Leeds, UK – Liam Gilchrist seemed headed for a career in music, going so far as to pursue a Bachelor’s degree in Music and Sound Technology, but a short introductory course into post production sound at the University of Portsmouth altered his plans. “I just absolutely loved that, so I ended up taking a Master’s degree in Sound Design for Film and Video from Northern Film School / Leeds Beckett University.”
At the Film School, Gilchrist was first introduced to equipment designed and engineered by Sound Devices.
“I used the Sound Devices 664 and 552, and looking through the resources and reading through the user manual and playing with the gear and having background in music sound helped there,” Gilchrist says, adding, “The 552, coming from someone who’s used a Zoom H1, was pretty intimidating; I’m not going to lie…. (It was) definitely a step up from what I was used to. What caught me off-guard was that the limiters were super soft, and it kind of just played itself. The 664 again was a bit more confusing at the time, but… once you use it for like a week it becomes very simplistic and intuitive really.”
Higher demand for audio personnel led to immediate offers to do post production sound, but he quickly realized he had more of an affinity for location sound. “It’s been about 14 months since I graduated, and after graduating I just thought I’m going to try production sound, because I enjoy it more. You can get outside, it’s much more active, and in my opinion it’s just healthier getting outside to work rather than sitting inside all day.”
Despite prior experience with Sound Devices, Gilchrist admits price played a key role when buying his first kit. “I always wanted a 664, to be honest, but was unable to, because I’ve been building up my kit with wireless and what not. I couldn’t afford to pay money on a much more expensive piece of kit.” He adds, “I used the F8 for a bit because of price point.”
Another key factor for Gilchrist, as a one-man-band mixer just starting out, was having a lot of channels. “I find that if I’m doing film work instead of corporate work, I’m on my own or with one boom op. I want to get as many mics as I can into the room so if one mic doesn’t sound as good as I want it to, or in post production they have options.”
When Sound Devices introduced the new MixPre Series, Gilchrist again considered returning to Sound Devices. “I remember looking back at those (MixPre-3 and MixPre-6) and the price points were fantastic, but I really didn’t want to be locked into anything that had less channels.” Then came the MixPre-10T. “I looked up reviews on it—a lot of people compared it to the F8 because it’s in that price range. But I don’t think it is (comparable). It’s definitely a step up from it, especially the limiters.”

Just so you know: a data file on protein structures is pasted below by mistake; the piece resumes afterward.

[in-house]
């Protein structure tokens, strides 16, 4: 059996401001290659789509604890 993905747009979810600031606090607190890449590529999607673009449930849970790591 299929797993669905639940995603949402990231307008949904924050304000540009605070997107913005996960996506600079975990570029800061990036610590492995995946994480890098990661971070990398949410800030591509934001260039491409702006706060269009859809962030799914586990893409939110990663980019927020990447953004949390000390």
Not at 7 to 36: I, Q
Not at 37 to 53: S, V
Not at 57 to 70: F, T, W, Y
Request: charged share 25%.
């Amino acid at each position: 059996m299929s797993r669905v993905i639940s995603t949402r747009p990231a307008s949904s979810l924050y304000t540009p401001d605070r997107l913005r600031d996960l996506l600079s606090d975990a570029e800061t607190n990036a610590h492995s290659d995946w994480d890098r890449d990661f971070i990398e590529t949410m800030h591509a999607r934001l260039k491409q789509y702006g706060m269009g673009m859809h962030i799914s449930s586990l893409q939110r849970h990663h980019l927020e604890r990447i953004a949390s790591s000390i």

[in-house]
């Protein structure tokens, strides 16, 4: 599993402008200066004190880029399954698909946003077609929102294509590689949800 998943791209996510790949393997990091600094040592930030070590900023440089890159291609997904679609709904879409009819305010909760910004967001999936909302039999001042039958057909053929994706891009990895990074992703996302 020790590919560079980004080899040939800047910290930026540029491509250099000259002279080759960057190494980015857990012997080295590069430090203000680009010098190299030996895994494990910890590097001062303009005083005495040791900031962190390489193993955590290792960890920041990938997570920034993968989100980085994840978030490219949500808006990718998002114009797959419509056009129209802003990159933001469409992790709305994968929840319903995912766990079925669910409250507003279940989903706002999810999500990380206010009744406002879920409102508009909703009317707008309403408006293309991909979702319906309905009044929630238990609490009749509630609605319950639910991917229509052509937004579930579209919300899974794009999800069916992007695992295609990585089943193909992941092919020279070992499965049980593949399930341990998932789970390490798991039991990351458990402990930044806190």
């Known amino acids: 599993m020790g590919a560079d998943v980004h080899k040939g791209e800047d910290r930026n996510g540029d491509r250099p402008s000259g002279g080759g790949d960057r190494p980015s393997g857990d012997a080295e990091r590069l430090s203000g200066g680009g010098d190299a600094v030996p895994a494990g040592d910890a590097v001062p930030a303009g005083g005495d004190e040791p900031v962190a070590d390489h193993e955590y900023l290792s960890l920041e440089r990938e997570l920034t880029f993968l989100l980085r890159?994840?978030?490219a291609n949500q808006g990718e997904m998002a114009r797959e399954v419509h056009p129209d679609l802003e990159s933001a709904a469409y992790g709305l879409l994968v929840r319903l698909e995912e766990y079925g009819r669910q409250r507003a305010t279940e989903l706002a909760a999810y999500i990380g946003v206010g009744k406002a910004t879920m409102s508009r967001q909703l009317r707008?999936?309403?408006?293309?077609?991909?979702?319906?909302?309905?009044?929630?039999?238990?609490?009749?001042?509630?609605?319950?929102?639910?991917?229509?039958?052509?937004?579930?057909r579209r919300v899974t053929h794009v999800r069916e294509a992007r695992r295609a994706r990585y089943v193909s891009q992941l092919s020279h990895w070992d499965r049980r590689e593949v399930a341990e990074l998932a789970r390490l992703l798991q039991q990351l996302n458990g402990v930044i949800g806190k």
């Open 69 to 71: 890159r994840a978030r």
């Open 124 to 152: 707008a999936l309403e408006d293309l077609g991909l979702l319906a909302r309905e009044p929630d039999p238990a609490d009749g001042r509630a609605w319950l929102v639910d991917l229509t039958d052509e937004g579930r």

Compared to other Sound Devices gear, Gilchrist says, “Having used both, it (10T) also runs very similarly to the 664 in terms of the menu and everything. I find the 664 is much easier to mix just because of size… (but) when I’m in lower budget stuff, I have to set and forget my levels…(The 10T) is a bit more fiddly if you’ve got large hands on the faders, but for me — if I’m lugging around a 664 on my waist or chest along with 3 to 4 to 5 radio mic and stringing a boom at the same time, the actual dedicated faders won’t be getting that much time anyway because I can’t actually micromanage that many things at the same time. The fact that it (the 10T) is a lot lighter makes it easier to maneuver around a room and in tight places… I think the smaller form factor to me as a single sound person is positive because it makes your whole kit and sound bag a lot smaller and easier to manage.
“So I bought the 10T just before going on the job…a low budget feature…and a dialogue heavy drama.” For his recent work as a recordist on the feature film—Suicide Kelly by Idle Work Factory — Gilchrist’s setup included the MixPre-10T with three Sennheiser G3s, all with Sanken COS-11D lavs. He also used Audix SCX1-HX cardioid mic along with a Rode NTG3B. “It was quite a basic, minimalist setup, but I feel the 10T helped me so much. I didn’t have to worry about levels as much because the limiters were kicking in. When you got three wireless actors, you’re booming, and you got a plant setup, you just can’t afford to be checking levels all the time.”
The MixPre-10T’s built-in Bluetooth Smart® and Sound Devices free Wingman™ app also helped lighten his load. “The way I set up my bag, it (Wingman) was vital really. I’m using Wingman to check timecode, which makes it so much easier when I’m talking with the AC….Using it to rename tracks is so much easier. I used to carry around a USB keyboard for sound reports; now, I’m using Wingman for just about everything.” Laughing, he adds, “In a nutshell, YES (I’m using it) a lot!”
With his kit in place, Gilchrist has high hopes for his future. “I’m quite happy about the experience I’m getting,” he says, adding, “I’m managing to get my name attached to things as a recordist. I’d like to get on more stuff as a trainee and assistant, because making contacts within the industry generally leads to more work and higher scale work…. End game, I would really love to be a production sound mixer on a high end TV show. Really love working on feature films, but…TV drama is just more exciting, especially for people like me who find dialogue exciting. The dream is production sound mixer.”
Follow Liam on Instagram at @liam.daniel.gilchrist.